Court denies Safe Third Country Agreement appeal

(Photo by Mikhail Kusayev,

But advocates vow to continue ways to nullify refugee agreement

By Michael Swan, The Catholic Register

Refugee advocates say the long legal battle to strike down Canada’s Safe Third Country Agreement with the United States is not over, despite the Supreme Court of Canada narrowing the chances for refugees and their allies who insist that passing through the United States should not nulify any refugee’s right to seek asylum in Canada.

In a unanimous, 8-0, ruling, Canada’s top court acknowledged that asylum seekers turned back at Canada’s border are at risk of detention in the United States, and from there are sometimes sent back to dangerous situations in countries they originally fled.

But the court decided these risks were acceptable because the American refugee determination system, and the power of Canada Border Service Agents to make exceptions, amount to legal “safety valves” that could prevent the return of refugees to failed states, persecution, arbitrary arrest and death.

“In Canada, as in the United States, these risks are within mutually held norms accepted by our free and democratic societies,” Justice Nicholas Kasirer wrote as he ruled that the Safe Third Country Agreement does not violate Section 7 of the Charter or Rights and Freedoms — “the right to life, liberty and security of the person and the right not to be deprived thereof except in accordance with the principles of fundamental justice.”

The reality of those safety valves leaves genuine refugees fighting for their lives in arcane legal battles on both sides of the border, said Canadian immigration lawyer and director of the University of Detroit Mercy School of Law’s immigration law clinic Alex Vernon.

“I spent the day (of the Supreme Court’s decision) working on a desperate case of family reunification with a refugee claimant in Canada, despairing of ever seeing her spouse again, as he is currently detained in the U.S. and facing deportation to his country of persecution,” Vernon wrote in an email.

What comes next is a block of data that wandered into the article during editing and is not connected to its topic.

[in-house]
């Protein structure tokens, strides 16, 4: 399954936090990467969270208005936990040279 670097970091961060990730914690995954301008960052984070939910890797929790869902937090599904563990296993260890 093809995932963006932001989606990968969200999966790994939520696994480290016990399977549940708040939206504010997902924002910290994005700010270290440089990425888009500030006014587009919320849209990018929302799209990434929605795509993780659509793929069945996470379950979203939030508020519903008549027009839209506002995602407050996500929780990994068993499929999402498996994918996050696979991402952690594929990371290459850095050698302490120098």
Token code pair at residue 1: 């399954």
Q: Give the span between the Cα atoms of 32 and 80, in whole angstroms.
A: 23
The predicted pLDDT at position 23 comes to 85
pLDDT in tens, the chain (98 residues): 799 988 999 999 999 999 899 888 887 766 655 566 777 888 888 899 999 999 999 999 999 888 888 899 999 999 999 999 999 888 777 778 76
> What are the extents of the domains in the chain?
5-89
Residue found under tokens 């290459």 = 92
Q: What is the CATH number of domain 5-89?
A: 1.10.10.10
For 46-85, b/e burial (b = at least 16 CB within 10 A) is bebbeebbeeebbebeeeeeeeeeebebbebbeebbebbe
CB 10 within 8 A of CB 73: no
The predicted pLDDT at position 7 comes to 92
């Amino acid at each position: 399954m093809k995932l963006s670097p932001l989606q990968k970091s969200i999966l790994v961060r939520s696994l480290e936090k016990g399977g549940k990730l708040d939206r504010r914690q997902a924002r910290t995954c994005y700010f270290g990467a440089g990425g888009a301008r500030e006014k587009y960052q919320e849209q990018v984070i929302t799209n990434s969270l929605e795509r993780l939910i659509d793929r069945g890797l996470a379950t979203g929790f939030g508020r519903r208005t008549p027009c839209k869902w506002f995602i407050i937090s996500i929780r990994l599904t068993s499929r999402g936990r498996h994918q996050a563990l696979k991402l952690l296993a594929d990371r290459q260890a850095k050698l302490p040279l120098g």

Canadian Council of Churches general secretary Rev. Peter Noteboom said it was significant that the court did acknowledge risks to the Section 7 rights of refugees. The Canadian Council of Churches — which includes the Canadian Conference of Catholic Bishops, along with Canada’s largest Protestant and Orthodox churches — will carry on the legal fight, Noteboom said.

“The legal process will definitely continue,” he said.

The grounds for the next suit in Federal Court will be whether or not the U.S.-Canada agreement on refugees violates equality rights guaranteed by Section 15 of the Charter. The Supreme Court found that the Federal Court’s 2020 decision striking down the agreement had been mistaken in failing to rule on the equality rights issue.

The eight refugees named in this case, supported by the Canadian Council of Churches, Amnesty International-Canada and the Canadian Council for Refugees, have argued that sending refugees back to the United States violated the equal rights of women, gay men, lesbians and transgender people because the U.S. refugee system will almost never grant refugee status based on gender violence.

The Supreme Court specifically allowed and encouraged the litigants to go back to the Federal Court to ask for a ruling on equality rights.

Canadian Council of Churches president Das Sydney insisted the fight against the Safe Third Country Agreement is not about abstract legal principles.

“We cannot be blind to the human dimension,” he told an online press conference after the ruling came down on June 16.

Afghan refugee Naqib Sarwary, who entered Canada at Roxham Road several years ago, warned that his own experience tells him refugees will continue to cross the border, even after the agreement was expanded in March to cover all border crossings — whether at official border posts or through a farmer’s field. The more comprehensive agreement announced by Prime Minister Justin Trudeau and U.S. President Joe Biden in Ottawa will only encourage asylum seekers to look for help from smugglers and try more dangerous routes, Sarwary said.

Ottawa just wants people to arrive in Canada through “normal pathways,” Immigration Minister Sean Fraser said, asserting that Canada has a right to manage an orderly flow of refugees.

The churches and refugee rights groups have opposed the 2002 Safe Third Country Agreement since it came into effect in 2004. In 2007 the organizations persuaded the Federal Court to strike down the agreement, but had that decision overturned on appeal on the grounds that they did not have standing to bring the matter to court.

In 2017 the organizations launched another legal challenge, this time with the participation of eight refugees variously from El Salvador, Ethiopia and Syria. Again the Federal Court in 2020 ruled in their favour, but had that decision overturned. The appeal court held that the case should have focused more on the ongoing process by which Canada certifies that the United States is safe for refugees.